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While we often talk about the importance of friendship for children, research shows that friendships become even more important as we get older.

Research out of Michigan State University showed that while both family and friend relationships were linked to better health and happiness at all ages, as people get older friendships became a stronger predictor of health and happiness than relationships with family members.

Couple this with research showing that friendships are positively associated with improved cognitive functioning in people over 80 and you’ve got a pretty convincing case for cultivating friendships in later life.

Tam and Dorothy from Seasons Mango Hill are an example of the positive effect of friendship in the senior years. Nine years ago, as the first residents were moving into Seasons Mango Hill, the two women connected over the lunch table – and have been best friends ever since.

“I was sitting at the table and I saw Tam come in and she looked as worried as I was when I moved in the week before, as it was her first day. So, I just beckoned her over and said, ‘there’s a seat here if you want’ and we just clicked, and we’ve been friends ever since,” says Dorothy.

Before moving to Seasons, both women had been living alone after their husbands had passed away and Dorothy says that her close friendship with Tam means she has a trusted confidant, which has helped to fill the gap in her life that she felt after she lost her husband.

“It’s great to have a good friend. I have lots of friends here but not best friends – a friend you can talk with about anything and it goes no further. It’s great to have a friend like that, especially when we’ve both lost our husbands,” says Dorothy.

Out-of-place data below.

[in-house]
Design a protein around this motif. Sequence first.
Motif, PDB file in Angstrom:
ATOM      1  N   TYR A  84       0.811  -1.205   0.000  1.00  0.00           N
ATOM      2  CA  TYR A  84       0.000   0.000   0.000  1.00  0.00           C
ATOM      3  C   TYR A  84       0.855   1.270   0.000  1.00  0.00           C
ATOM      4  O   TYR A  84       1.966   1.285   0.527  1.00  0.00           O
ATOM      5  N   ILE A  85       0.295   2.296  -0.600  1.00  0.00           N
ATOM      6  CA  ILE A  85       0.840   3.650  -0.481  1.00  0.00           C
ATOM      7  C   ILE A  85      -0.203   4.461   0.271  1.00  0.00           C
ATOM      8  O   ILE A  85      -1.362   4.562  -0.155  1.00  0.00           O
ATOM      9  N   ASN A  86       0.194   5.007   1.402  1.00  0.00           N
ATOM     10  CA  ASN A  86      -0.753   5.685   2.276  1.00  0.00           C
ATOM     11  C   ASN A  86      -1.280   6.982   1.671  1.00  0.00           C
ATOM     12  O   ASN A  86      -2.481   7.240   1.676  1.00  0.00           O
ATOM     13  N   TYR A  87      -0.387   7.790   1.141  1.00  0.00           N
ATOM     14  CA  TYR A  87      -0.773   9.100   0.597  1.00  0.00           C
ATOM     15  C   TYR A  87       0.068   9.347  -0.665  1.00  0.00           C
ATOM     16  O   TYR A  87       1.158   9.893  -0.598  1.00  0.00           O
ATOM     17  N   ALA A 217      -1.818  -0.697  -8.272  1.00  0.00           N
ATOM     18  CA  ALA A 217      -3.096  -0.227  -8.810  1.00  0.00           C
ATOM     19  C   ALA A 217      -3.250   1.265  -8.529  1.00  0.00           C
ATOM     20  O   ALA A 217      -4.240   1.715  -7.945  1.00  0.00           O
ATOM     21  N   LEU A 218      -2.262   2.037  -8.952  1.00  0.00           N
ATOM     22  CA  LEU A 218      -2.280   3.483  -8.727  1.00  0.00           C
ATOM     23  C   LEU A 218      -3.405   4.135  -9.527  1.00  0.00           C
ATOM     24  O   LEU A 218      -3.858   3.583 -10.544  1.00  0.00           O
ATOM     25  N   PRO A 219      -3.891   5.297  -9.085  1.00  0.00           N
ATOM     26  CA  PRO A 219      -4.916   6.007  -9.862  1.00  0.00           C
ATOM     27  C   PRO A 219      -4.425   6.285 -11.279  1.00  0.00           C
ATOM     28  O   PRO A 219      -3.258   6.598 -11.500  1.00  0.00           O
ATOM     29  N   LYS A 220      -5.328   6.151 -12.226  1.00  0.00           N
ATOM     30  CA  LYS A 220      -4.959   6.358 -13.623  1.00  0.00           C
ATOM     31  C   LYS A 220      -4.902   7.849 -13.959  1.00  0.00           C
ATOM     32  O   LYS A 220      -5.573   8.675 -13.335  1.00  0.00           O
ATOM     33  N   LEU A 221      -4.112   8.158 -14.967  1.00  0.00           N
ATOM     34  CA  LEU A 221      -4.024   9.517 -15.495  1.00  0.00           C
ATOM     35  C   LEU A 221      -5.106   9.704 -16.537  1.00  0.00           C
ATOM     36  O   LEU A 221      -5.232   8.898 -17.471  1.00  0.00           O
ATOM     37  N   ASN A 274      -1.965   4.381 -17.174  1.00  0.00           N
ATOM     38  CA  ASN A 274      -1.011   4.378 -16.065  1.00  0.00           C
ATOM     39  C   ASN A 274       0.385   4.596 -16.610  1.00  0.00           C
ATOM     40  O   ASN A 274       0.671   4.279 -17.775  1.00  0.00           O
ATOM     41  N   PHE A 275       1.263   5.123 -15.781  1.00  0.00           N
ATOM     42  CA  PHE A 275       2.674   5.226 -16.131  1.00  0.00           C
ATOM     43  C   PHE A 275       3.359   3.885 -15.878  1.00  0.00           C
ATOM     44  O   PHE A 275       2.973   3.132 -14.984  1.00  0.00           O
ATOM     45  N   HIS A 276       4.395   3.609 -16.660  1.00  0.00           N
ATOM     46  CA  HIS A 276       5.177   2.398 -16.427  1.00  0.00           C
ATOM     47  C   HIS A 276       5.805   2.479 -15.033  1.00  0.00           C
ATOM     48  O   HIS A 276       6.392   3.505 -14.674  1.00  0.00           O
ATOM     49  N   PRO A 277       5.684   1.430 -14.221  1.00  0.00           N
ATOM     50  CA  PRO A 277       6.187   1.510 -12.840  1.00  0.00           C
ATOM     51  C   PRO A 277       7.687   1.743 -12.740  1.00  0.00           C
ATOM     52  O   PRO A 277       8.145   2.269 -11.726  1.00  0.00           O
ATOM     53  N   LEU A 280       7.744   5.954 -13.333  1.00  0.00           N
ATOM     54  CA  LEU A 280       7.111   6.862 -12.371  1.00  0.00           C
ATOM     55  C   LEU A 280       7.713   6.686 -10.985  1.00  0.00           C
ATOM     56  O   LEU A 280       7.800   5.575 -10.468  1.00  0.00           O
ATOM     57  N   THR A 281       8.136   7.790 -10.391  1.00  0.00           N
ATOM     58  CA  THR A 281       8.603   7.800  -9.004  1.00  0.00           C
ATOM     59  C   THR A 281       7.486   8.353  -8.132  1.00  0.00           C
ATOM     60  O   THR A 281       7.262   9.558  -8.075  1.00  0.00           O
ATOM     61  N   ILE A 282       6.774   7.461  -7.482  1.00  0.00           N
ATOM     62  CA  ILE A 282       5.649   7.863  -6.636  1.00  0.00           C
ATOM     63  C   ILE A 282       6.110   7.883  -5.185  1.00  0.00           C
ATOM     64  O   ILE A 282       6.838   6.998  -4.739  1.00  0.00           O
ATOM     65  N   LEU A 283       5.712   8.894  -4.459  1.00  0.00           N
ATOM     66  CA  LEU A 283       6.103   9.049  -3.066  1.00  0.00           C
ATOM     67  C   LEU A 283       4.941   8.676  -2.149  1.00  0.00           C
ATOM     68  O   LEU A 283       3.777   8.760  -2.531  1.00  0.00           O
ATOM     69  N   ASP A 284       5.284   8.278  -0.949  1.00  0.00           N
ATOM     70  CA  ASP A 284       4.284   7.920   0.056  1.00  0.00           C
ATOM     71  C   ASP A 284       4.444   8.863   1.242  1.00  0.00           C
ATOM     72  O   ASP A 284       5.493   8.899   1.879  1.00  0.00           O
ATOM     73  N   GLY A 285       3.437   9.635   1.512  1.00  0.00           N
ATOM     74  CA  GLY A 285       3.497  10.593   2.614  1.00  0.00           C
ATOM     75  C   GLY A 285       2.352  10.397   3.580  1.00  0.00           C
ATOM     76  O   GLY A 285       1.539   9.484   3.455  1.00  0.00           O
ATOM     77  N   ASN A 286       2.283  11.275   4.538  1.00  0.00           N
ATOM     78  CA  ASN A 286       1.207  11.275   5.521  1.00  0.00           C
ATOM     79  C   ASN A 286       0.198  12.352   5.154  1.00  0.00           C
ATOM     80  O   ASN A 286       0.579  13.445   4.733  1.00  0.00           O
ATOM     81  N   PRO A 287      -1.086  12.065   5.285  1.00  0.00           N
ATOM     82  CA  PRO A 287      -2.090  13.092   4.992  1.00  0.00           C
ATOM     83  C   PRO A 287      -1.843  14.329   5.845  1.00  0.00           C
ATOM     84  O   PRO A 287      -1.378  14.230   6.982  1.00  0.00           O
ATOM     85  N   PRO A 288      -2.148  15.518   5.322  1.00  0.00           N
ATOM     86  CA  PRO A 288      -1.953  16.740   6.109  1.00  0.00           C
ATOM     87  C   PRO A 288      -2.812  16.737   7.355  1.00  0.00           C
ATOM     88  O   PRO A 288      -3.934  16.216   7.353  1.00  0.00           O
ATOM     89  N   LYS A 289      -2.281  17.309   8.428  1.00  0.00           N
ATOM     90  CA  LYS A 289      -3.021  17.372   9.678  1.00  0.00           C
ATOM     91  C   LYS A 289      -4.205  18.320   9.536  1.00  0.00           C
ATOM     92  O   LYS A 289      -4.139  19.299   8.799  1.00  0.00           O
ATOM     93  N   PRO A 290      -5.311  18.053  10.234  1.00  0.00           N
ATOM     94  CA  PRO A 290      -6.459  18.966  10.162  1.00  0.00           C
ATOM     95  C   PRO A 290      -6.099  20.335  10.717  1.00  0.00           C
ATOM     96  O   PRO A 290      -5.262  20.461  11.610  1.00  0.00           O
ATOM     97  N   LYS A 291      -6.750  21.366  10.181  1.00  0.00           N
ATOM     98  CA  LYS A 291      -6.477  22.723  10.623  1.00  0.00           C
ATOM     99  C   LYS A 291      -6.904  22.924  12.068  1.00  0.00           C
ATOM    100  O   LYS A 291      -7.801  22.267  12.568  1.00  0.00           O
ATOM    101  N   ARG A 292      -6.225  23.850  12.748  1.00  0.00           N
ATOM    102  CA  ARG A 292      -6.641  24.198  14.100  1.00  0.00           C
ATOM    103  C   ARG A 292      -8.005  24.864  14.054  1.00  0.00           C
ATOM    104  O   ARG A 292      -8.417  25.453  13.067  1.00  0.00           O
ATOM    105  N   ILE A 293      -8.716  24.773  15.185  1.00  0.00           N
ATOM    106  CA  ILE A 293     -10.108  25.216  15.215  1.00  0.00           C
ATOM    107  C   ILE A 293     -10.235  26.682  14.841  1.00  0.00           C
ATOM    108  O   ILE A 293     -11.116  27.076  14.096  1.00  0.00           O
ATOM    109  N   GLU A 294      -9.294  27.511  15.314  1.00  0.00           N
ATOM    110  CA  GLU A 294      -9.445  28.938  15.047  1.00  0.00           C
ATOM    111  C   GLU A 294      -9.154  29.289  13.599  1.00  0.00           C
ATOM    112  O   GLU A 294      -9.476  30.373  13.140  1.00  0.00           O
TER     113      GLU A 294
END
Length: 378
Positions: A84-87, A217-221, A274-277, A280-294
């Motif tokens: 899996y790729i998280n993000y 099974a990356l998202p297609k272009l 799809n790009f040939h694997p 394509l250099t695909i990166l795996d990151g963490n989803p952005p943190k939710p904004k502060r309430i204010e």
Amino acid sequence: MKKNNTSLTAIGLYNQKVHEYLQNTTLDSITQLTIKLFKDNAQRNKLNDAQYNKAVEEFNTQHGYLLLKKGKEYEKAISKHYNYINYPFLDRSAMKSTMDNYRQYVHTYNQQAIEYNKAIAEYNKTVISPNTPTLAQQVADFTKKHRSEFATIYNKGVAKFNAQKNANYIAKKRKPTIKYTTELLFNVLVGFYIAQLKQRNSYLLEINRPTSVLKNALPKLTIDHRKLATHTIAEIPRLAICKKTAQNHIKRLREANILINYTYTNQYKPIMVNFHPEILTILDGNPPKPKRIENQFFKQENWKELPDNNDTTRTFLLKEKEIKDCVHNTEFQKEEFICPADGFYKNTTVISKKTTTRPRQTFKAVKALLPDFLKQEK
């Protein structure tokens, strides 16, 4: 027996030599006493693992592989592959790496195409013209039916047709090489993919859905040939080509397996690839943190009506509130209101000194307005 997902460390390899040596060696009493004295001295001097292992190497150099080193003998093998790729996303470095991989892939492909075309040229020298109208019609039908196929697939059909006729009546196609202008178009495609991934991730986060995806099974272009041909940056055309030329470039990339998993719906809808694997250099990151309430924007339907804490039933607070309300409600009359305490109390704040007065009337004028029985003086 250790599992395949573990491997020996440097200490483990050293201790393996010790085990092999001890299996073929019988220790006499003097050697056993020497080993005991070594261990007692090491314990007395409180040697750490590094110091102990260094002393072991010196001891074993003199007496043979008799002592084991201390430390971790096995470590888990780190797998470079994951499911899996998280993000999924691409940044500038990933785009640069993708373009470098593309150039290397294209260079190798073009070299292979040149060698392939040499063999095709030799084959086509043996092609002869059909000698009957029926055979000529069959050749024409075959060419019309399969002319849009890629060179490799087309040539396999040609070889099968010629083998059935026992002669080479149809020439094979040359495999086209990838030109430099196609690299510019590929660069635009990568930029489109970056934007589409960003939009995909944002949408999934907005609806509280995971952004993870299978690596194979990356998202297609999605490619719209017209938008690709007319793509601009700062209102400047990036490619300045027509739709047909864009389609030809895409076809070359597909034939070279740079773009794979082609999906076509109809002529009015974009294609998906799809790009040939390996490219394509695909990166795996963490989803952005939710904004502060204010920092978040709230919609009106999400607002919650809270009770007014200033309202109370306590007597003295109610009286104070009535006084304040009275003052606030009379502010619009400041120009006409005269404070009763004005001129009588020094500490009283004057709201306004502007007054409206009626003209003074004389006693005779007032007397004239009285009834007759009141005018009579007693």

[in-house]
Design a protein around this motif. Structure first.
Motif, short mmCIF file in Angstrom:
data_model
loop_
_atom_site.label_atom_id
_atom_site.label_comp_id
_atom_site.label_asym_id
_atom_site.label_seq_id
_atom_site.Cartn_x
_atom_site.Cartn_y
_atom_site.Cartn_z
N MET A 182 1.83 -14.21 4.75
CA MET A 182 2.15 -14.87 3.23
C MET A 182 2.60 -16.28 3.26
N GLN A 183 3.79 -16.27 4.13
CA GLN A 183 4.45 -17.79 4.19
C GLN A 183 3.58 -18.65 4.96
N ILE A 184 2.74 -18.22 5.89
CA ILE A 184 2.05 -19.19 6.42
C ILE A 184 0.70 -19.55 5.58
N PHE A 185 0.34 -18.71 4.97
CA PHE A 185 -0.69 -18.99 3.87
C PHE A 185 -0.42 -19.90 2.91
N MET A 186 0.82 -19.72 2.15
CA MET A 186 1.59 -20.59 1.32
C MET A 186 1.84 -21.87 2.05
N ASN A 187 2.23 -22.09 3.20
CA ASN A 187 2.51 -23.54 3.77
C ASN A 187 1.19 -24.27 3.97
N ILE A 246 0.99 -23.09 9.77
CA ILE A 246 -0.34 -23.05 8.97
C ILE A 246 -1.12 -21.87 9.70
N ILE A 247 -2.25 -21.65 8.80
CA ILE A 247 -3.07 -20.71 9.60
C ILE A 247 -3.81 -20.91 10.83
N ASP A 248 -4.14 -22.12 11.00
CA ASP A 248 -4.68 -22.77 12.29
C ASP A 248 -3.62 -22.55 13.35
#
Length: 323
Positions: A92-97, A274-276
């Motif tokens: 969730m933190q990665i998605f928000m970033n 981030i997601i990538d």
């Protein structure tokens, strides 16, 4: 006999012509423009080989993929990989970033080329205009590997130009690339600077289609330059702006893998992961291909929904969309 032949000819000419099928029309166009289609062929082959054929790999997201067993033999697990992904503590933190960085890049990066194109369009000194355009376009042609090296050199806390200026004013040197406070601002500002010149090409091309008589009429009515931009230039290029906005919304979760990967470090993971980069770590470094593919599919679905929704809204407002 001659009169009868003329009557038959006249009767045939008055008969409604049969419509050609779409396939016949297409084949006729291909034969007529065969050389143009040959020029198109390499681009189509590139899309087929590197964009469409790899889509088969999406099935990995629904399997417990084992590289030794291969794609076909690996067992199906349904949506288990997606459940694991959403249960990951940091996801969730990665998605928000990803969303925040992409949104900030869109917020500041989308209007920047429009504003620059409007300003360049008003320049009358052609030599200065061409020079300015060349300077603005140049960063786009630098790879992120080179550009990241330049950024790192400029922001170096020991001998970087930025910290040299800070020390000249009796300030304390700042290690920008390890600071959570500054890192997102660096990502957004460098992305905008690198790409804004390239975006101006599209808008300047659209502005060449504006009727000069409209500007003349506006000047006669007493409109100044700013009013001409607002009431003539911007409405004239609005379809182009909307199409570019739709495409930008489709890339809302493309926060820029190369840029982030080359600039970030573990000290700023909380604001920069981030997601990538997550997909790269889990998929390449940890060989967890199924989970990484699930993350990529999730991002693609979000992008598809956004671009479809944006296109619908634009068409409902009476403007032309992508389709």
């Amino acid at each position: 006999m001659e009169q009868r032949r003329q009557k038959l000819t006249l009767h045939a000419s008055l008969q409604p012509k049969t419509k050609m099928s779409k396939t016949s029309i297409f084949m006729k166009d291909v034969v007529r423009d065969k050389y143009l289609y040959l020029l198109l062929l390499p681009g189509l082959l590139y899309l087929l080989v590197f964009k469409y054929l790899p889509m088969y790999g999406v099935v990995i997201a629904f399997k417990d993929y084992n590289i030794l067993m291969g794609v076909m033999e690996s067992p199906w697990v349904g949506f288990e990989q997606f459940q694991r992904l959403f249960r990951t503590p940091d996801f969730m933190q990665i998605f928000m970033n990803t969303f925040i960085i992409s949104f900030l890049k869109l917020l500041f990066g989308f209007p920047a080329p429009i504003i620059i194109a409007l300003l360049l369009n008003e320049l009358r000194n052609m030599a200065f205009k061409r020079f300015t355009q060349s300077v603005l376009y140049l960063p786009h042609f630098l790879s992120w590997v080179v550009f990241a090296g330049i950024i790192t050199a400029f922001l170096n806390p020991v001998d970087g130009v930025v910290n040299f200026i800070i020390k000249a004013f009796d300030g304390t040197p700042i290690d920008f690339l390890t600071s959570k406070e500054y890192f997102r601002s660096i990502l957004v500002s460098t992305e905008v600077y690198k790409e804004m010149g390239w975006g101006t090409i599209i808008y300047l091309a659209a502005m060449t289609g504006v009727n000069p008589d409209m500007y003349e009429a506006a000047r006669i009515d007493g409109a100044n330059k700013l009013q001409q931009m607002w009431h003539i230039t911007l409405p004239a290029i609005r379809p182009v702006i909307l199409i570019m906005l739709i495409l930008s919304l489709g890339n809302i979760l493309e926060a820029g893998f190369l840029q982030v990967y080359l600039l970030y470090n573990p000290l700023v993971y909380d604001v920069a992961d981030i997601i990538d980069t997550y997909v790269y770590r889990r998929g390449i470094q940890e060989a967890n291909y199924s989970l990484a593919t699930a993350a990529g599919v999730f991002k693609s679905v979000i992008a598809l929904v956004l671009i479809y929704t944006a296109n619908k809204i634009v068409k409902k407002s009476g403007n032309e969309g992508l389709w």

“You feel very alone when you’ve lost your husband after many years and we were both married for a long time. You need someone you can trust the way you trusted your partner and that’s how we’ve become.”

Tam and Dorothy’s closeness is evident in how they finish each other’s sentences and discuss what’s important to them.

“We just laugh together and enjoy each other’s company. Our families get on well too,” says Tam.

“Yes, we have good families and they interact well. We talk about our families. Tam’s got three daughters and I have three sons and we talk about the differences in what they are and what they do. It’s a happy situation,” adds Dorothy.

Tam and Dorothy’s story shows the positive effect of residing in a community of other seniors in forging strong connections and friendships and the difference it can make to quality of life.

Belinda Peters
Belinda brings more than 17 years experience in journalism to her role as Seasons Digital Content Writer. As our blog editor, Belinda will take the confusion out of aged care with entertaining and informative stories from across the aged care industry and our Seasons communities.
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